In terms of the democratic process, the result is a clear victory for the Yes campaign - two to one in favour - and this is how the mainstream media and the parties involved are playing it. "An old nation has come of age", as Carwyn Jones confusingly put it. It takes an old curmudgeon like me to think that the result is anything but clear.
It's all about the turnout. In the 1997 referendum which paved the way for the establishment of the Assembly, turnout was a poor 50.1%. Yesterday, that slumped to 35.4%. What that says to me is that two out of three Welsh people couldn't be bothered enough to get off their arses to vote for something they don't really see the relevance of.
Looked at this way, we have the following breakdown:
Voted Yes: 22%
Voted No: 13%
Not bothered enough to leave the house: 65%
That's the BBC's "resounding yes".
I voted 'No' on the principle that it is madness to vote to give politicians any more power than they already have. 78% of my adopted countrymen would seem to agree.
The voting process was the strangest and least clear that I have ever experienced. The question on the ballot paper was:
The National Assembly for Wales: what happens at the momentInside the polling station there were several sheets pinned to the walls giving further information, such as the full list of 20 subject areas, but even those didn't explain what laws could or could not currently be made in Cardiff and which would be available to the Assembly in the event of a Yes vote. You would have had to go out looking for that yourself, as it wasn't available in any campaign literature that I saw. In fact, apart from the glossy "you are going to have a referendum" booklet, nothing came to the house at all, and there was very little sign of the Yes and No campaigns anywhere to be seen in public spaces. I heard no-one - literally no-one - discussing the issues beforehand.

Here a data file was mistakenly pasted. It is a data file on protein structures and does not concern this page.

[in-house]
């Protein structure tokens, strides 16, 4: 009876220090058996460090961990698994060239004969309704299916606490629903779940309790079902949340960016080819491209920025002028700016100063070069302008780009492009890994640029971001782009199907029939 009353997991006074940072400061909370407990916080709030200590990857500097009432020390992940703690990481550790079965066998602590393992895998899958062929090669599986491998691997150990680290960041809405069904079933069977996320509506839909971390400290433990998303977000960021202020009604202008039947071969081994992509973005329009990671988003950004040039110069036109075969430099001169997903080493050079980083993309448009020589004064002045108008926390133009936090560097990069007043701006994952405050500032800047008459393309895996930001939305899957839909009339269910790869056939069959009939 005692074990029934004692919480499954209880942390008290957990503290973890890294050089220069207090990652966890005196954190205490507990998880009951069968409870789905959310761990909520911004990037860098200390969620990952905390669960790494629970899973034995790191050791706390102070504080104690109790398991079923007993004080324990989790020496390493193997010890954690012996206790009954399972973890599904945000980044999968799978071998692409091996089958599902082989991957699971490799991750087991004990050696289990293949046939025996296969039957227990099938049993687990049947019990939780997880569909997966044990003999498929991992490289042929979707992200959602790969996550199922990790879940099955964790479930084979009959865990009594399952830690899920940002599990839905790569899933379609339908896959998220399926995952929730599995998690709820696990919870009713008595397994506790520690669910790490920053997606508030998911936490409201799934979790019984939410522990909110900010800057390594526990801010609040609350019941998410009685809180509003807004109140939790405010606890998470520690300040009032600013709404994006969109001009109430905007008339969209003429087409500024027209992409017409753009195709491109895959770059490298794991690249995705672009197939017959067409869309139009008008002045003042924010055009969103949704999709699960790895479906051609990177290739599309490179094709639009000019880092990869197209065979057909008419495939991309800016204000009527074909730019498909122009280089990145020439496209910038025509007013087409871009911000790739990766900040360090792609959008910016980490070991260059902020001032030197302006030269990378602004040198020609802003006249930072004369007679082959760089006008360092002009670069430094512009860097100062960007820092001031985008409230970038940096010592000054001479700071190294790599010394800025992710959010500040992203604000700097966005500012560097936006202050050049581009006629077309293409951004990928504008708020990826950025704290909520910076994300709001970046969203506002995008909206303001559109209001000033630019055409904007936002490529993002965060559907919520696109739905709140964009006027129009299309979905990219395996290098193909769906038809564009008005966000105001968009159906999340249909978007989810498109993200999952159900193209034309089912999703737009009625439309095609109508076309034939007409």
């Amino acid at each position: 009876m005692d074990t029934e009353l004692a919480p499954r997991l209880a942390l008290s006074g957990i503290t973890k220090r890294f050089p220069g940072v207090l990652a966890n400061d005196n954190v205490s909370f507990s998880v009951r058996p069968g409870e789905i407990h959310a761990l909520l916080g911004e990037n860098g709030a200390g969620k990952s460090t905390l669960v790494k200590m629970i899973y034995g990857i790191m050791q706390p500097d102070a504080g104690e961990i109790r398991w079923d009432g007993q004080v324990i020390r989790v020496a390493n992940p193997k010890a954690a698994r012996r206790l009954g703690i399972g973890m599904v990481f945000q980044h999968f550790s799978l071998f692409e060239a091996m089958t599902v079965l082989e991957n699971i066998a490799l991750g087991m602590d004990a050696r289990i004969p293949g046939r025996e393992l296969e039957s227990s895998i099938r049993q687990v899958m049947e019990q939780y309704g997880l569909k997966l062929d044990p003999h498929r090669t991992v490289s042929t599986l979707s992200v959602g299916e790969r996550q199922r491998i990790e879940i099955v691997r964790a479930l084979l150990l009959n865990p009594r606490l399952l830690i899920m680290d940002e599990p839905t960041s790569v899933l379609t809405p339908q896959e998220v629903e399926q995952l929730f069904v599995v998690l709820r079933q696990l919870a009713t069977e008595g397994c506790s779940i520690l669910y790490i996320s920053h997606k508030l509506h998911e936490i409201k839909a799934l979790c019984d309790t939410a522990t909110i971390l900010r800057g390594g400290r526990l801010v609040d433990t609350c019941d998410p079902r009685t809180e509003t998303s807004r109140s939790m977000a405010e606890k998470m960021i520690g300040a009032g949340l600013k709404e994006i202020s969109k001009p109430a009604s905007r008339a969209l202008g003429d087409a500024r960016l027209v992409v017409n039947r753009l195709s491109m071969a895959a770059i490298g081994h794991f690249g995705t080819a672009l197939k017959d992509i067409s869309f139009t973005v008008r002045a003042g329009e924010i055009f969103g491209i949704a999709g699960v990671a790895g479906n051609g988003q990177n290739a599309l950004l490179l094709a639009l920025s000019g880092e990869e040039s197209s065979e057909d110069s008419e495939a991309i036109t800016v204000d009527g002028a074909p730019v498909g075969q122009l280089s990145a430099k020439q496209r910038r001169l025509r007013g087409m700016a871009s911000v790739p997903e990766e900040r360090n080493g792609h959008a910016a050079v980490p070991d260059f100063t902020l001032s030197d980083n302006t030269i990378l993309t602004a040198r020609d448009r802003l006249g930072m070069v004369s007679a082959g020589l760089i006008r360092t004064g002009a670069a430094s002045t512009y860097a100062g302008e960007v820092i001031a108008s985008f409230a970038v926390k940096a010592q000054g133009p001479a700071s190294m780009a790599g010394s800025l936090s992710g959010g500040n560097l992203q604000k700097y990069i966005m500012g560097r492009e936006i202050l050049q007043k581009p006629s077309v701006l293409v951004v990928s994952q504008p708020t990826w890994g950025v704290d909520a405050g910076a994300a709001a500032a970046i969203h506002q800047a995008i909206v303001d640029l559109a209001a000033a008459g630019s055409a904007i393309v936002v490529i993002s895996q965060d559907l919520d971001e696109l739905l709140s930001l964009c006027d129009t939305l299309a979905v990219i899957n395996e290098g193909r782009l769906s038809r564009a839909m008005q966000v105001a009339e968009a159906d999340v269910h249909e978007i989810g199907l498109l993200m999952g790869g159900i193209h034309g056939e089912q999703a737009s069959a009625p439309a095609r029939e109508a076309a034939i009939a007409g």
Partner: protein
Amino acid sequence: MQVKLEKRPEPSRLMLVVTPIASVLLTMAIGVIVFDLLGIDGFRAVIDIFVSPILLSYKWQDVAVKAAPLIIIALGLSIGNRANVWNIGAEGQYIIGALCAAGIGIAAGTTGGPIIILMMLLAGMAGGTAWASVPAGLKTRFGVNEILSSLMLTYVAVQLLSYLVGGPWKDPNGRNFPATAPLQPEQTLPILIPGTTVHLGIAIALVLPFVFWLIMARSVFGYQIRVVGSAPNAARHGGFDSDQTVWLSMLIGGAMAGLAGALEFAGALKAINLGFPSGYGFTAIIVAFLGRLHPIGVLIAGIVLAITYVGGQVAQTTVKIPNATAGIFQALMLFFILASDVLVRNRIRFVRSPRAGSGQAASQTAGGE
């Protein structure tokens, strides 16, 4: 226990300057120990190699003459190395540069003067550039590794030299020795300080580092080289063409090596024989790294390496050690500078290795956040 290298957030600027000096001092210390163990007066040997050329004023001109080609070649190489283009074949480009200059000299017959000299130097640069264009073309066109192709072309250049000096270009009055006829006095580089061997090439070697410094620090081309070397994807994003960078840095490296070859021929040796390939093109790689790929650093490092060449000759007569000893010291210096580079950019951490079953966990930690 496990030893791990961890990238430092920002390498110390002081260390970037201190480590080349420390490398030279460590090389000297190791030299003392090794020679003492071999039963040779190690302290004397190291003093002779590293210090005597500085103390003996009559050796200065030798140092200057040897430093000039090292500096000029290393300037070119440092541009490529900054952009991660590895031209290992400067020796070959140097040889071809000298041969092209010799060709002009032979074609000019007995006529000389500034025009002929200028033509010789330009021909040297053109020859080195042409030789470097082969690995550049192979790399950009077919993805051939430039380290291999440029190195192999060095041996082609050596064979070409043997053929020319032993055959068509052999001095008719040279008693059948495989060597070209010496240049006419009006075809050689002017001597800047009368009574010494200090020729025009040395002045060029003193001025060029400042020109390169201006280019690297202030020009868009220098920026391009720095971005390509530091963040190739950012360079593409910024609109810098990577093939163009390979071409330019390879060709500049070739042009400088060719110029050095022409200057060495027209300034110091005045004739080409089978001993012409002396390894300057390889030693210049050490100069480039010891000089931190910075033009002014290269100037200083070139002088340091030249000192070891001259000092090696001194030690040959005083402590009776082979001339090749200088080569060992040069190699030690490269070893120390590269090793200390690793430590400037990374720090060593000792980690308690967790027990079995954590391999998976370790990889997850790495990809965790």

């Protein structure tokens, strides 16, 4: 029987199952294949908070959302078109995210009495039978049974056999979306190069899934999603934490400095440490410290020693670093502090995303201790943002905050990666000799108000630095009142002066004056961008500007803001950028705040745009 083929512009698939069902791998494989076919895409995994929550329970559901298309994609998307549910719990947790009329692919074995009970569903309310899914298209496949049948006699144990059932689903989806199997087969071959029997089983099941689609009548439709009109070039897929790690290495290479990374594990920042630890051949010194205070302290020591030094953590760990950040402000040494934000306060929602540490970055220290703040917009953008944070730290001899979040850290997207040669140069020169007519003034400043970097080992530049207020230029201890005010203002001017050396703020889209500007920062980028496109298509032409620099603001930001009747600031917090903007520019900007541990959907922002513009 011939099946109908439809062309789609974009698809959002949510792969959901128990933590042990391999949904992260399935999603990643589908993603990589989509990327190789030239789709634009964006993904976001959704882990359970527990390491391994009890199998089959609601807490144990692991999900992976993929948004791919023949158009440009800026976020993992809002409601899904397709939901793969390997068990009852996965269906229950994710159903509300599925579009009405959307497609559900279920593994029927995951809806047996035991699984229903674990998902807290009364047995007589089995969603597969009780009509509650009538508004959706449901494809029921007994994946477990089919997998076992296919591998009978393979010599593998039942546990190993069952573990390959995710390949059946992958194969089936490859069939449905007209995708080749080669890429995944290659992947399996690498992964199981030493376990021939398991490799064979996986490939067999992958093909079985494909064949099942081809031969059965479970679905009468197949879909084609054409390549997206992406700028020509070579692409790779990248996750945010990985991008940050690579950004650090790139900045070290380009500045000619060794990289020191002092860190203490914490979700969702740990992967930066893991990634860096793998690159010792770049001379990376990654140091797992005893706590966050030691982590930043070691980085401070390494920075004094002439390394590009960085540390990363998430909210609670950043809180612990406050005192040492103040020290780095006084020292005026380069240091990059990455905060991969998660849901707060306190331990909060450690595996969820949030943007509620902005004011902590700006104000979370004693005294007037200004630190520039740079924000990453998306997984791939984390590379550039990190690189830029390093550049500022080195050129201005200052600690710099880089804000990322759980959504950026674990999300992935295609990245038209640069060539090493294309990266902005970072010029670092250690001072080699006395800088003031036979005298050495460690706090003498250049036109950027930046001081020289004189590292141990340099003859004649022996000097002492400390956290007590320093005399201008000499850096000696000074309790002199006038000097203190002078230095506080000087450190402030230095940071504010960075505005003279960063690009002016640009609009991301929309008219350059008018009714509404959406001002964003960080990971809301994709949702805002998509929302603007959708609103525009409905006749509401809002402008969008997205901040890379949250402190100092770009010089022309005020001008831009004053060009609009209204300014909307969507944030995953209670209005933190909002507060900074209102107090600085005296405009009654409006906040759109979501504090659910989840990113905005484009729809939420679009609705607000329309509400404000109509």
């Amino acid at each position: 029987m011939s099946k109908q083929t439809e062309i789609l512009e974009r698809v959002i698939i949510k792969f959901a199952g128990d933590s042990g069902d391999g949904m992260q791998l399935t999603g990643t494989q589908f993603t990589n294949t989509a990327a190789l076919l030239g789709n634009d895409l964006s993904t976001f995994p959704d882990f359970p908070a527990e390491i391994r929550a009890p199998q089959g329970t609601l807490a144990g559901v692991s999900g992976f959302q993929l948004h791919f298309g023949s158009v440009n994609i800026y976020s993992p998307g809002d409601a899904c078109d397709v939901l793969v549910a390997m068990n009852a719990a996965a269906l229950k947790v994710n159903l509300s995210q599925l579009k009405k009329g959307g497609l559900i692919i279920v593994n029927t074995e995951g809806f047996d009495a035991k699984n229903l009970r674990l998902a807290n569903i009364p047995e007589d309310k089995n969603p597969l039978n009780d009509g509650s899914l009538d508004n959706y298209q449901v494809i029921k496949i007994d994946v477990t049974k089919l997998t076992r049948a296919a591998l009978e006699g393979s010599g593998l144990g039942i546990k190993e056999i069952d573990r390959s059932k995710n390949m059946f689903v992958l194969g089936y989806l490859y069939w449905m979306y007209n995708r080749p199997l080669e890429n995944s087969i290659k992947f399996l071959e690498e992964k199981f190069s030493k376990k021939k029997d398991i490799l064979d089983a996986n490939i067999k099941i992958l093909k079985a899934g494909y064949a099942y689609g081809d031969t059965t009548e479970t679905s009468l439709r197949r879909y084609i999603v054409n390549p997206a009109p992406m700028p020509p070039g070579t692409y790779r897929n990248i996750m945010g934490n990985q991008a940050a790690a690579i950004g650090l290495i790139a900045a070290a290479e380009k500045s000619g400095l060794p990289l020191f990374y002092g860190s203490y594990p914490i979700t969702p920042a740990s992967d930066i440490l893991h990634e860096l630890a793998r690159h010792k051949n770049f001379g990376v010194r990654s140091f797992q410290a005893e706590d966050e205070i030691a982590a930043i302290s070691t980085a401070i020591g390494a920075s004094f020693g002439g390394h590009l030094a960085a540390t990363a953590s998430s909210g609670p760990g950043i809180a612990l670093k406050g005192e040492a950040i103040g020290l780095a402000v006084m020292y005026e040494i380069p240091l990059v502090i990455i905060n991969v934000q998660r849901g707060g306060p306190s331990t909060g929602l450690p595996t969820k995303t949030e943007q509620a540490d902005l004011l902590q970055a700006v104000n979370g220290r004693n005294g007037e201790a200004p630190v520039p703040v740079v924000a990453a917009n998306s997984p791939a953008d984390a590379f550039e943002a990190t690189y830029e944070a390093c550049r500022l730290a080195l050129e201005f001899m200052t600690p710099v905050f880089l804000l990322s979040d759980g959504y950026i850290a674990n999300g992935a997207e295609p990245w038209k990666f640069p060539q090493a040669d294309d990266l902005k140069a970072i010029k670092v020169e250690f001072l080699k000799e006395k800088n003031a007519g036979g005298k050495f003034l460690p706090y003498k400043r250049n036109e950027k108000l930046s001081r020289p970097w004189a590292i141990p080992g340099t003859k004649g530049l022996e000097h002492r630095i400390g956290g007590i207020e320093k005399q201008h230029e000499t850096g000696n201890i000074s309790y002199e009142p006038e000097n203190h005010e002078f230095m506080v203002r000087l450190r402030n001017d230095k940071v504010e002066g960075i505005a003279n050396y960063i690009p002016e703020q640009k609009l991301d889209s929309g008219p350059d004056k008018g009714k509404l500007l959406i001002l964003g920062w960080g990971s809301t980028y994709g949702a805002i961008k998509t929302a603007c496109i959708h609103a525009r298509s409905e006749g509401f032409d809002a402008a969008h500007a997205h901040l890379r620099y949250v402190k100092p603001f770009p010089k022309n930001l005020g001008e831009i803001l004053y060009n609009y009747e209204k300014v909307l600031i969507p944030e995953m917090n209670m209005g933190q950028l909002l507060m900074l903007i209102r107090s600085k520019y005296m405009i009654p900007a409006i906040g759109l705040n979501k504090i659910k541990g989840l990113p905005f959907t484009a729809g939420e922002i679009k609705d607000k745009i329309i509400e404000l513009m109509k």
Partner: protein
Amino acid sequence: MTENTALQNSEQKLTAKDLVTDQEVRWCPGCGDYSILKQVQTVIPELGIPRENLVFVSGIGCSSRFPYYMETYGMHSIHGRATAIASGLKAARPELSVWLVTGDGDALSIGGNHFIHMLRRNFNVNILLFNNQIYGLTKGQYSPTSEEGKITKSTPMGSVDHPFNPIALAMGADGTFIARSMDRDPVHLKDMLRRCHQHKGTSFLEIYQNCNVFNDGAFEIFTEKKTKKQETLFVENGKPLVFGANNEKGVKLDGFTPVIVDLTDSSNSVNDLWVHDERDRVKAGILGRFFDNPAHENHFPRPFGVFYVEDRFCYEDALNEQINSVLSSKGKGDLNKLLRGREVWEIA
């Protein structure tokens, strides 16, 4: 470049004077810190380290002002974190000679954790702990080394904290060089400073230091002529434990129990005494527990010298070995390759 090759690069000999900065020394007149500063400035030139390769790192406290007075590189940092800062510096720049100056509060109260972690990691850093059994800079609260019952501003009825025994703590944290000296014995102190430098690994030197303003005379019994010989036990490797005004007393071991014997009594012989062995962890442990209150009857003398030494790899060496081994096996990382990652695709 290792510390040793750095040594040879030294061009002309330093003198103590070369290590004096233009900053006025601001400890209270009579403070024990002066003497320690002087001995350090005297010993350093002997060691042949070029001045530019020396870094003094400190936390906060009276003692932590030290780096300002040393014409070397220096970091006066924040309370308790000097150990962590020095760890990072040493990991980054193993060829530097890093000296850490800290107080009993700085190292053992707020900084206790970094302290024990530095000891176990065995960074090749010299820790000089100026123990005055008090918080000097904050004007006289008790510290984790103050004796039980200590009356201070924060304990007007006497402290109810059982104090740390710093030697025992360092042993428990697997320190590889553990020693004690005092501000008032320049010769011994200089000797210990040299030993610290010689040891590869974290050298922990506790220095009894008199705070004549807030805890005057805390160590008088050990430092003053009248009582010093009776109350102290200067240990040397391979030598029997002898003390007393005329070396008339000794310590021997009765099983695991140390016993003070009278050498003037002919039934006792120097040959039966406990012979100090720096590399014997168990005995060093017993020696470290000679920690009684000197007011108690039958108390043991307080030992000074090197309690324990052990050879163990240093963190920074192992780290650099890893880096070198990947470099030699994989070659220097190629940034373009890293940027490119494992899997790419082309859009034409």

The Assembly has powers to make laws on 20 subject areas, such as:
In each subject area, the Assembly can make laws on some matters, but not others. To make laws on any of these other matters, the Assembly must ask the UK Parliament for its agreement. The UK Parliament then decides each time whether or not the Assembly can make these laws.
The Assembly cannot make laws on subject areas such as defence, tax or welfare benefits, whatever the result of this vote.
If most voters vote “yes”, the Assembly will be able to make laws on all matters in the 20 subject areas it has powers for, without needing the UK Parliament's agreement. If most voters vote “no”, what happens at the moment will continue.
Do you want the Assembly now to be able to make laws on all matters in the 20 subject areas it has powers for?
I tell a lie: on the day of the referendum, as he was leaving work, our minibus driver told me he would be voting 'No', because it was "all bollocks".
Wales has spoken.